Mostow's theorem provides the most complete, to my knowledge, description of smooth connected homogeneous manifolds: Mostow describes them as iterated fiber bundles with homogeneous fibers where, with exception of one of the fibrations, the fibers of the bundles are diffeomorphic to quotients of connected Lie groups by discrete subgroups. When you translate this into the setting of 3-dimensional homogeneous manifolds, this becomes the statement that a homogeneous connected 3-manifold $$M$$ is either diffeomorphic to $$G/\Gamma$$ where $$G$$ is a connected Lie group and $$\Gamma< G$$ is discrete, or $$M$$ is a fiber bundle whose base and fiber are either circle and a surface of Euler characteristic $$\ge 0$$ or vice-versa. In the case of hyperbolic 3-manifolds (of finite volume) and compact $$H^2\times {\mathbb R}$$-manifolds neither type is possible. For instance, a fibration of one of the above types is ruled out by the fact that $$\pi_1(M)$$ is not (virtually) solvable. To rule out a representation of $$M$$ as a quotient $$G/\Gamma$$, where $$G$$ is a 3-dimensional connected Lie group and $$\Gamma< G$$ is discrete, one observes that, for the same algebraic reason, $$G$$ has to be locally isomorphic to $$SL(2, {\mathbb R})$$. But in this case, $$M$$ is a manifold which admits the $$\widetilde{SL}(2, {\mathbb R})$$-geometry, which is known to be incompatible with a hyperbolic structure of finite volume and with a $$H^2\times {\mathbb R}$$-structure in the case of compact manifolds.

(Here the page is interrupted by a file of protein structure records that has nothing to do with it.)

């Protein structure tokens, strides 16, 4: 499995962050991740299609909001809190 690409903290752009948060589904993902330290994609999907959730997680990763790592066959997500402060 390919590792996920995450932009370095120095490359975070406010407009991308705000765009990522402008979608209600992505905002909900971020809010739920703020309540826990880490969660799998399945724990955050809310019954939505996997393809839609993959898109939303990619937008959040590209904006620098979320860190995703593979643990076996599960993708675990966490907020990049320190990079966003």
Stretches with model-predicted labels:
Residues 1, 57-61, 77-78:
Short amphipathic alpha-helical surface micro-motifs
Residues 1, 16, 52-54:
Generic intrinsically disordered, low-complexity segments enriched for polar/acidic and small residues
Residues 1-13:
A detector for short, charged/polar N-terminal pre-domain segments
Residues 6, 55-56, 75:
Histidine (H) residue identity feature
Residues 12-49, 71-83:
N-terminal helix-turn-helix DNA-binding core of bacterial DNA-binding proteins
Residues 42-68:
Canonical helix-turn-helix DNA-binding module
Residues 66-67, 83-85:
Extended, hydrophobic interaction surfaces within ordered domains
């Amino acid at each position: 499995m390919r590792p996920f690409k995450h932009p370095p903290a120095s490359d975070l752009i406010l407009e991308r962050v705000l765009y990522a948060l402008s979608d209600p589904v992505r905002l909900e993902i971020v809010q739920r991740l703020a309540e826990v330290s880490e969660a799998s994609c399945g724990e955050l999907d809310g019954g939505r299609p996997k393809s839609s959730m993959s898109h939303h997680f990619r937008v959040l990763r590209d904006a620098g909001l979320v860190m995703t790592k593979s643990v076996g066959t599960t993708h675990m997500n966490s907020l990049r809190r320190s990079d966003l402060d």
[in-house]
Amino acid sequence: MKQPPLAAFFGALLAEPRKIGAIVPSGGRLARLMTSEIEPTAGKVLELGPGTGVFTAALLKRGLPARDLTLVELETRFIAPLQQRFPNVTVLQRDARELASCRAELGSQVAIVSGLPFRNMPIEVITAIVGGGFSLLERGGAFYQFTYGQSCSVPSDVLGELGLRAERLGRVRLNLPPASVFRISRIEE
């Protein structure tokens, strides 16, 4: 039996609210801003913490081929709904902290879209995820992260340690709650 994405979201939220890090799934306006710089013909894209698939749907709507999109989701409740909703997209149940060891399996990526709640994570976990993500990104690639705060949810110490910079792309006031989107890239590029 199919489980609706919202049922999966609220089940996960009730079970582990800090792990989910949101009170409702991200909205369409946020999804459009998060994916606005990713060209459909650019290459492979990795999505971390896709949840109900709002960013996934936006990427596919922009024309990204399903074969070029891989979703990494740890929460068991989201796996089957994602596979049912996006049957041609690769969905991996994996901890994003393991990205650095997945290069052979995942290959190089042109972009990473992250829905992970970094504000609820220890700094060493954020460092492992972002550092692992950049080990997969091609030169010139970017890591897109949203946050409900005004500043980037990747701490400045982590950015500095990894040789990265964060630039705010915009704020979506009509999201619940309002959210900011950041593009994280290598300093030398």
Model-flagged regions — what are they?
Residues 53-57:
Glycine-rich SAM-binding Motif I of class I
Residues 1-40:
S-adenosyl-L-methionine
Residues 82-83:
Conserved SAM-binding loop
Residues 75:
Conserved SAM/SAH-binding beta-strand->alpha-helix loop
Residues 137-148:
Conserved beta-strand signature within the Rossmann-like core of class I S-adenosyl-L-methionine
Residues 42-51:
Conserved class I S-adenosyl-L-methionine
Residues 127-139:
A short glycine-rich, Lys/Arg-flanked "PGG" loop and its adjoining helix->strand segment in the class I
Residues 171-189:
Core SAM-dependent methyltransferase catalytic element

For the sake of completeness:

1. The classes of noncompact manifolds of finite volume of the types $$H^2\times {\mathbb R}$$ and $$\widetilde{SL}(2, {\mathbb R})$$ are indistinguishable topologically.)

2. "Most" quotients of $${\mathbb H}^3$$ by torsion-free discrete subgroups cannot be diffeomorphic to quotients of $$\widetilde{SL}(2, {\mathbb R})$$ by discrete subgroups. The exceptions all have free fundamental groups or fundamental groups isomorphic to $${\mathbb Z}^2$$ or to the fundamental group of the Klein bottle.

Here is a cool fact about $$\mathrm{SL}(2, \mathbb{R}) / \mathrm{SL}(2, \mathbb{Z})$$; it is homeomorphic to the complement of the trefoil knot in the three-sphere. Apparently this was first proved by Quillen - see page 84 of Introduction to algebraic K-theory by Milnor. For a discussion with further links, see here: Why S^3-K and SL(2,R)/SL(2,Z) are diffeomorphic? Here K is a trefoil in S^3.